By Emma Guest (Author)
This can be the hot, totally up to date, first paperback version of Emma Guest's acclaimed booklet that explores how the AIDs problem has devastated the world's poorest continent, and indicates how households, charities and governments are responding to the subsequent wave of the challenge - hundreds of thousands of orphans. according to wide interviews, visitor shall we humans inform their very own tales of their personal phrases. the result's a relocating and worrying account of the stories of orphans, highway youngsters, grandparents, aunts, foster mom and dad, charity and social employees and international donors throughout South Africa, Zambia and Uganda.
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Additional resources for Children of AIDS: Africa's Orphan Crisis - 2nd Edition
It’s not well advertised. If it were, there would be trouble. They are already overwhelmed with applicants. Basically, Zambia’s poor are on their own, unless they belong to supportive community groups or churches. Even without the epidemic, many elderly Zambians would struggle. Rapid urbanisation has weakened family ties. Young adults often live far from the villages where their parents remain. City life is more individualistic than village life. Many modern urbanites feel less duty-bound to support their parents than rural traditions would require.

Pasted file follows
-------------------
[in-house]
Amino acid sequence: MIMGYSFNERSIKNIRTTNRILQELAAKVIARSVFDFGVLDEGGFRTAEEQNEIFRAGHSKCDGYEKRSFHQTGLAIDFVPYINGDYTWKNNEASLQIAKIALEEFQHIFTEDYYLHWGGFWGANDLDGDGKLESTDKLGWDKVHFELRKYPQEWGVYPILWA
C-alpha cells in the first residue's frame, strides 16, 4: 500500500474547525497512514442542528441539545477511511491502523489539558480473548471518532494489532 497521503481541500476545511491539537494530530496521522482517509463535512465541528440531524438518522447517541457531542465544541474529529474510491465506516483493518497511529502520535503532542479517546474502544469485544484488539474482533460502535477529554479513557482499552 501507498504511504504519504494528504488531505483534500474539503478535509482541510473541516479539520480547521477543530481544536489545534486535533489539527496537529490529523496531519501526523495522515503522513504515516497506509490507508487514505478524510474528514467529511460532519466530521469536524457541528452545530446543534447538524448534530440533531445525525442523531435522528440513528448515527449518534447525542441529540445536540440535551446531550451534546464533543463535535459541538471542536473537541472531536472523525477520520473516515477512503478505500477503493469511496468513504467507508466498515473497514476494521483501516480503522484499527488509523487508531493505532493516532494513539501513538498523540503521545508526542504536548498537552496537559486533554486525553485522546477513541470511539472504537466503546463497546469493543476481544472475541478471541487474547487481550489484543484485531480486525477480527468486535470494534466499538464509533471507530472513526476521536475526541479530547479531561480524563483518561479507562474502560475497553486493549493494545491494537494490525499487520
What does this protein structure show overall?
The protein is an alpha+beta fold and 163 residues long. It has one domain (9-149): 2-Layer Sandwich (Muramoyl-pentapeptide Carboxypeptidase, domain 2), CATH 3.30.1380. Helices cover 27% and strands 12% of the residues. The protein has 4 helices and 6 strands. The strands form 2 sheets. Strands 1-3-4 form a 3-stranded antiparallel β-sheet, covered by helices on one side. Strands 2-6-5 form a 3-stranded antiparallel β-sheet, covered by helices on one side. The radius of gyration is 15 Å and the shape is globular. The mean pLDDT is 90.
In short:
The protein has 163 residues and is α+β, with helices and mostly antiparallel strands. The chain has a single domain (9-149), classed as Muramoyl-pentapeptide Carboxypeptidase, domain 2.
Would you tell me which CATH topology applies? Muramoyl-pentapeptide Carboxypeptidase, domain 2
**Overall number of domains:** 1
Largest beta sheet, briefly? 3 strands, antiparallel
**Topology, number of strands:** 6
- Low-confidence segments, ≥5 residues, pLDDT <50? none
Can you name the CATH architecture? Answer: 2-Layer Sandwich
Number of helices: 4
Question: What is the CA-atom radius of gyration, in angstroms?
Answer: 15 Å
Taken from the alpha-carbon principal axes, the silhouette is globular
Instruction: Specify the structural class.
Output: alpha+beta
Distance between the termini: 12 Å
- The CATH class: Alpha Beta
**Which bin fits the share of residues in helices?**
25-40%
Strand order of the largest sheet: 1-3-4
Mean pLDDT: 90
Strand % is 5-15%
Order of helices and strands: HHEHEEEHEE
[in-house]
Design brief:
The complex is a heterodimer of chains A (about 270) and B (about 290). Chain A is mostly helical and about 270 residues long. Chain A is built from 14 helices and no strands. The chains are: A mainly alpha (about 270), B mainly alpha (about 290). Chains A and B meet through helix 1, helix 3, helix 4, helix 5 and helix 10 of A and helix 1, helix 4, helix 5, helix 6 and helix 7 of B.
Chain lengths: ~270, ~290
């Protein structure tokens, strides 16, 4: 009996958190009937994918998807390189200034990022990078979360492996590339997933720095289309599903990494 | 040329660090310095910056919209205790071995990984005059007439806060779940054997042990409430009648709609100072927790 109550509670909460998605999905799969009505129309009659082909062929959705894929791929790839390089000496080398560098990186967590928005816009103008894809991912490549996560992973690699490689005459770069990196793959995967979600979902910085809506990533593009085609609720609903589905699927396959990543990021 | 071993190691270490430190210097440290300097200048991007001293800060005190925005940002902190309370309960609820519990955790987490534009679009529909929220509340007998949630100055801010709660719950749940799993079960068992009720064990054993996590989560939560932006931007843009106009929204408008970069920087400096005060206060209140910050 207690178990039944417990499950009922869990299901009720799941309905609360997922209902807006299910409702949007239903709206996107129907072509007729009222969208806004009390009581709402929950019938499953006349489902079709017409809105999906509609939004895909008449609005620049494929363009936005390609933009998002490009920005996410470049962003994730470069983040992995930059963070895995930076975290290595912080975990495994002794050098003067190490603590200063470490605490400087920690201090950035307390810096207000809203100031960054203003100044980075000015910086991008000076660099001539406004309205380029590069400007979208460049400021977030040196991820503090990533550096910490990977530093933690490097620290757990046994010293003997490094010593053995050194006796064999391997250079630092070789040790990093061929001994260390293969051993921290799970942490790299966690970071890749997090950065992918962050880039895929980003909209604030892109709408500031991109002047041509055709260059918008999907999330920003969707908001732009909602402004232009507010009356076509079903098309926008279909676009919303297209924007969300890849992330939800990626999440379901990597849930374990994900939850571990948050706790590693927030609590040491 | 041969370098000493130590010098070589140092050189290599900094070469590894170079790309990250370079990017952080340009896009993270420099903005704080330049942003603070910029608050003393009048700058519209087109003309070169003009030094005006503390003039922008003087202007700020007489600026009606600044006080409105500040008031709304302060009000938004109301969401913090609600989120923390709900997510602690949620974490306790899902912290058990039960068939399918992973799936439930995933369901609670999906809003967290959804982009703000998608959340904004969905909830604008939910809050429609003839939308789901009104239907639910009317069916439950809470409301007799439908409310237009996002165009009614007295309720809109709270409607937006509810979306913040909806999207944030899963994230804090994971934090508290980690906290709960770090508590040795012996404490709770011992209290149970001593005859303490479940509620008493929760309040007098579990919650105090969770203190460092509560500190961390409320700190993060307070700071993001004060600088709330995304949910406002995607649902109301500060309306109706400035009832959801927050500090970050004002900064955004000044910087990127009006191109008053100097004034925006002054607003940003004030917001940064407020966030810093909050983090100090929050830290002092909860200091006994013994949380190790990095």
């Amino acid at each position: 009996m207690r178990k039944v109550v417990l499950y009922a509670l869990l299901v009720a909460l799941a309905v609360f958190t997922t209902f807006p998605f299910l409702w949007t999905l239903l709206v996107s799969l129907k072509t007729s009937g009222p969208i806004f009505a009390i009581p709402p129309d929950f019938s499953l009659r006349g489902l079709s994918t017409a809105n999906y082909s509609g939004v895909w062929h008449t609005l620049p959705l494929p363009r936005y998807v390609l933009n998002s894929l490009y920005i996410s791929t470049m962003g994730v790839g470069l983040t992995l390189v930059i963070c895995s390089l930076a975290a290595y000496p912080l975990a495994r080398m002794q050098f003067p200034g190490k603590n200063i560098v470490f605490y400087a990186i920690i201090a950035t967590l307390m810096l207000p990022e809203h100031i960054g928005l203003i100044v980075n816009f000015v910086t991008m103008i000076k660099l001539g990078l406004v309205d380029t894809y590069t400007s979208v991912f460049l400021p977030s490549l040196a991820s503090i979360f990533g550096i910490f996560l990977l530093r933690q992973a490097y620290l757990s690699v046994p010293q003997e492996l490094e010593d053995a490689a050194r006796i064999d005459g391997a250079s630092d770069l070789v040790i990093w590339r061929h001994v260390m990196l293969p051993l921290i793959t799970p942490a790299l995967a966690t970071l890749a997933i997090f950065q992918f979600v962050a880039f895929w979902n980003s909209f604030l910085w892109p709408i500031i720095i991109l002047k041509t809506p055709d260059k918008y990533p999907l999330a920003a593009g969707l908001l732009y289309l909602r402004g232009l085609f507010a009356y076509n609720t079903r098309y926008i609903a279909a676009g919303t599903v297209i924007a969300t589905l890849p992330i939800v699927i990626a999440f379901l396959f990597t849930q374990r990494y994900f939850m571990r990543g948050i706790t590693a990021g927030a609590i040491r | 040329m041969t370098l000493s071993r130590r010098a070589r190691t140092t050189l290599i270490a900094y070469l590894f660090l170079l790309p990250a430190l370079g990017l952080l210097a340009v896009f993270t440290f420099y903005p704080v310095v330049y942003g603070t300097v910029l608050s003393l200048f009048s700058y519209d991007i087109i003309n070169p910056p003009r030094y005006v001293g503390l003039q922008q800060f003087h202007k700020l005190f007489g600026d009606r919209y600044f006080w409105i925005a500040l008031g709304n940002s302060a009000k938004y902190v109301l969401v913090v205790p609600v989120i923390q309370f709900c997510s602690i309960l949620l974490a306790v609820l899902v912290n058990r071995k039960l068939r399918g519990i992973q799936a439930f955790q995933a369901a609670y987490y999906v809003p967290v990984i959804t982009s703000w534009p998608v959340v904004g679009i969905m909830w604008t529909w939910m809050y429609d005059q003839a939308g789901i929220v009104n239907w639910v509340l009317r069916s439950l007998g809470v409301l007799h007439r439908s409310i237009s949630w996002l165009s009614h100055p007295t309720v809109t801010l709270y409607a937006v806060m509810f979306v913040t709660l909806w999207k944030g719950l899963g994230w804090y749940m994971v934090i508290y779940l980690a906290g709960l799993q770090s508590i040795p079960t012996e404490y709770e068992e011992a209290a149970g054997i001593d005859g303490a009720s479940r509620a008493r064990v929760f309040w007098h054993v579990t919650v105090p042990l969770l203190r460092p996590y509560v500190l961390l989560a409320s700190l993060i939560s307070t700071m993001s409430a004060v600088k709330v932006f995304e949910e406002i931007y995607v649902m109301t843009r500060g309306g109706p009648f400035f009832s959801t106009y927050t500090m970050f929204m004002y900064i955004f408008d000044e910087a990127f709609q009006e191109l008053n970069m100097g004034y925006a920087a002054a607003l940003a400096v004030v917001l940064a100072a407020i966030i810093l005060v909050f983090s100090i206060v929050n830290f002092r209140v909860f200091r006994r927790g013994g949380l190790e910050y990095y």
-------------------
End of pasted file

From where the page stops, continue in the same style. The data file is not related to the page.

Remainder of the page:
Potential scholars sit an exam and a committee of people from TASO visits clients’ homes, without an appointment, to establish how poor they are, how many children they have and how the orphan is treated. They then decide who gets the opportunity. ‘We know we can only help so many orphans,’ says Rev MpombaKakonge. ‘and we want our programme to have an impact. We want to produce a doctor. ’ Rose spends a lot of her time at the TASO head office. She’s 21, pretty and bright, but sad. She maintains eye contact with people as Extended Families 35 if she needs to keep checking that she’s being accepted.
People find it difficult to tell their children that they’re HIVpositive. Many don’t. TASO are involved in a project to train parents to write a ‘memory book’ for their children. It’s like a scrapbook, full of family photos. The parent writes about where she came from, her lineage and describes herself. She includes her dreams for the child. She might also mention how she got, or suspect she got, infected, to try to deal with the issue of blame. The book’s aim is to help the child build an identity.
Children of AIDS: Africa's Orphan Crisis - 2nd Edition by Emma Guest (Author)